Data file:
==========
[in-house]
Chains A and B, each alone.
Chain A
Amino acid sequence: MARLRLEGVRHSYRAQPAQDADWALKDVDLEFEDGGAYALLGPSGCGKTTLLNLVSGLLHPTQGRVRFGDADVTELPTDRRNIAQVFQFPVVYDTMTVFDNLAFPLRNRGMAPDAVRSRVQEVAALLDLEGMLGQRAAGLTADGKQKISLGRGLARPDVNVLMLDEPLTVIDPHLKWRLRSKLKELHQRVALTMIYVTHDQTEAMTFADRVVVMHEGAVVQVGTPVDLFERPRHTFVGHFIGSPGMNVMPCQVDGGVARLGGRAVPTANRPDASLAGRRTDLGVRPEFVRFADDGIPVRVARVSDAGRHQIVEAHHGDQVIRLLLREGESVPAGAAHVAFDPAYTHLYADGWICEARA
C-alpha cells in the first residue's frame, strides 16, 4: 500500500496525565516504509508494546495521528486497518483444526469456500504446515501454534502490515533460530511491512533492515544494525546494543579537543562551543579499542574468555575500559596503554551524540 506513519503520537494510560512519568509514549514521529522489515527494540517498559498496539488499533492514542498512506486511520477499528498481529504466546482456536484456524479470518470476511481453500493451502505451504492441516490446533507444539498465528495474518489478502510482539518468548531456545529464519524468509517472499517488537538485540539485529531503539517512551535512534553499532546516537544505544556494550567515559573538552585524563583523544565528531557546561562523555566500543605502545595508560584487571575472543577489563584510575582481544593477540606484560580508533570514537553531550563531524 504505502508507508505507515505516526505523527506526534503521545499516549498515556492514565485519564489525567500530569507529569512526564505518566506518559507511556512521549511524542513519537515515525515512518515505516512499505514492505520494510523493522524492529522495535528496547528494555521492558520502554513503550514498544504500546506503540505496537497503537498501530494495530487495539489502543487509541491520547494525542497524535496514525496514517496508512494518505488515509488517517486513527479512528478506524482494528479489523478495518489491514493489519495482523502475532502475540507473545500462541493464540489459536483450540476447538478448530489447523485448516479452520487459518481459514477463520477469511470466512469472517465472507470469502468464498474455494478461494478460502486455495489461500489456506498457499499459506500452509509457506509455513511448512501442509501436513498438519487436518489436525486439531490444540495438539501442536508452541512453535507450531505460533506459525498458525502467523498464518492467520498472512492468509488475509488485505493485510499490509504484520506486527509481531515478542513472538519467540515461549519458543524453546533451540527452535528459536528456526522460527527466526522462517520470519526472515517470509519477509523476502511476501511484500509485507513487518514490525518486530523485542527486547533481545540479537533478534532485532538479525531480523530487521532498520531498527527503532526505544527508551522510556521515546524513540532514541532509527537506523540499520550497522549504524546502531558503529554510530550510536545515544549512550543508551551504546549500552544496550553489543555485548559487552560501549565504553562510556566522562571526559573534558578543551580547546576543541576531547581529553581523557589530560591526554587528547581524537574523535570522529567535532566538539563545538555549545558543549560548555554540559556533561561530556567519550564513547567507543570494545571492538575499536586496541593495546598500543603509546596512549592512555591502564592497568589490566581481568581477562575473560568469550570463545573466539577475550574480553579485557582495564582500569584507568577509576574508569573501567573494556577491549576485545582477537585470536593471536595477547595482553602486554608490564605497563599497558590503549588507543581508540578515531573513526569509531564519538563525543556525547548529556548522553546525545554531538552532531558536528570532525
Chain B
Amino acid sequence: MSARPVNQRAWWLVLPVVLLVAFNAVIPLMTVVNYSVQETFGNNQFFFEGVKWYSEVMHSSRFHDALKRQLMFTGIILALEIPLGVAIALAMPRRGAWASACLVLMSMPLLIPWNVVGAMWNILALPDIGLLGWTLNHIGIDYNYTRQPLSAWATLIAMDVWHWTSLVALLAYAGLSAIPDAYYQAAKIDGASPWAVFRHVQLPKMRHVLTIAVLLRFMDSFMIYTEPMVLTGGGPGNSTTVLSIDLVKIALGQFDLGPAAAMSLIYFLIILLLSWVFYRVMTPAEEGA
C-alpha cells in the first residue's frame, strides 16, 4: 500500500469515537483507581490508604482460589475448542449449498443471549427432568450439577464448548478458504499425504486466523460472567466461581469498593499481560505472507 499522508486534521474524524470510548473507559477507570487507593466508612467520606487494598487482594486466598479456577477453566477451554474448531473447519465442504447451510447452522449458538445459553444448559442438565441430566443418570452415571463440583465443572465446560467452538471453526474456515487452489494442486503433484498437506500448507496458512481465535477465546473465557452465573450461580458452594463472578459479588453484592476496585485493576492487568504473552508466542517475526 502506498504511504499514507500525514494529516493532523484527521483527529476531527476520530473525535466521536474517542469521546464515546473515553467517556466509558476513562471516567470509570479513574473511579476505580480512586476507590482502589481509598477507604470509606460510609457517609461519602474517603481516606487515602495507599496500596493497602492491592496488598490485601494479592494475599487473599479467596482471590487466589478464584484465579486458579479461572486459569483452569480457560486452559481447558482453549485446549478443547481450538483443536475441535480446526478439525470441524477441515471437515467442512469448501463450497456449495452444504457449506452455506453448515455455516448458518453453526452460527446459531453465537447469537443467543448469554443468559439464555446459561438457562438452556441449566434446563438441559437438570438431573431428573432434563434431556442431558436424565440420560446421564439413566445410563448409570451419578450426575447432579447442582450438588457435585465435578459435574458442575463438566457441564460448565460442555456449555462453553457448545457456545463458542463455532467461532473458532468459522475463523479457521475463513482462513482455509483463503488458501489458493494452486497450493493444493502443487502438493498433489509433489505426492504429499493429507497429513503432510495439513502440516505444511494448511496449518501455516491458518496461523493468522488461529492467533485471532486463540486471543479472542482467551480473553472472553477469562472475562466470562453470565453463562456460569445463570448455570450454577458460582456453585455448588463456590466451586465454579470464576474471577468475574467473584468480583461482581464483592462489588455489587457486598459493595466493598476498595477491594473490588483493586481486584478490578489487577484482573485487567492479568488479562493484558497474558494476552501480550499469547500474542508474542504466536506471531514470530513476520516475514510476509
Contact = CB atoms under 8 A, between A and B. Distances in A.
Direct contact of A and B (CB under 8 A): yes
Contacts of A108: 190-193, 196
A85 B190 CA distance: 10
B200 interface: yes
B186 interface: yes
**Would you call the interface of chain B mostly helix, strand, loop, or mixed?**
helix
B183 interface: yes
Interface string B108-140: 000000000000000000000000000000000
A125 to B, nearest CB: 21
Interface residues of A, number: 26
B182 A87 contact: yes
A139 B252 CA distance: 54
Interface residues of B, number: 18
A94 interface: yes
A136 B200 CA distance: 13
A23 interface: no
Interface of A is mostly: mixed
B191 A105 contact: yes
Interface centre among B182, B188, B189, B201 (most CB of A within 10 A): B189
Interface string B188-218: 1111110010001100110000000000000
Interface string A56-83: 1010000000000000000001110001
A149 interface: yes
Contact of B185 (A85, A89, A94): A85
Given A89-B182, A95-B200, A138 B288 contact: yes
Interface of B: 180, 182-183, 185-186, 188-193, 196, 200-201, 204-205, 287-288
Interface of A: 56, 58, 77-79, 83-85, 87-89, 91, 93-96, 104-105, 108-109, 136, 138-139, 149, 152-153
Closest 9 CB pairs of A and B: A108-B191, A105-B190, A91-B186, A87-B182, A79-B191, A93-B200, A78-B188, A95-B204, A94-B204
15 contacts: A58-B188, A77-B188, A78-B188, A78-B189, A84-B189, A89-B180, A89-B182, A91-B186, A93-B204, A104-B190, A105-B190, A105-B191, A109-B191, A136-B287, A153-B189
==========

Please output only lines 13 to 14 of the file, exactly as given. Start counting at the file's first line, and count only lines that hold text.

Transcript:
B200 interface: yes
B186 interface: yes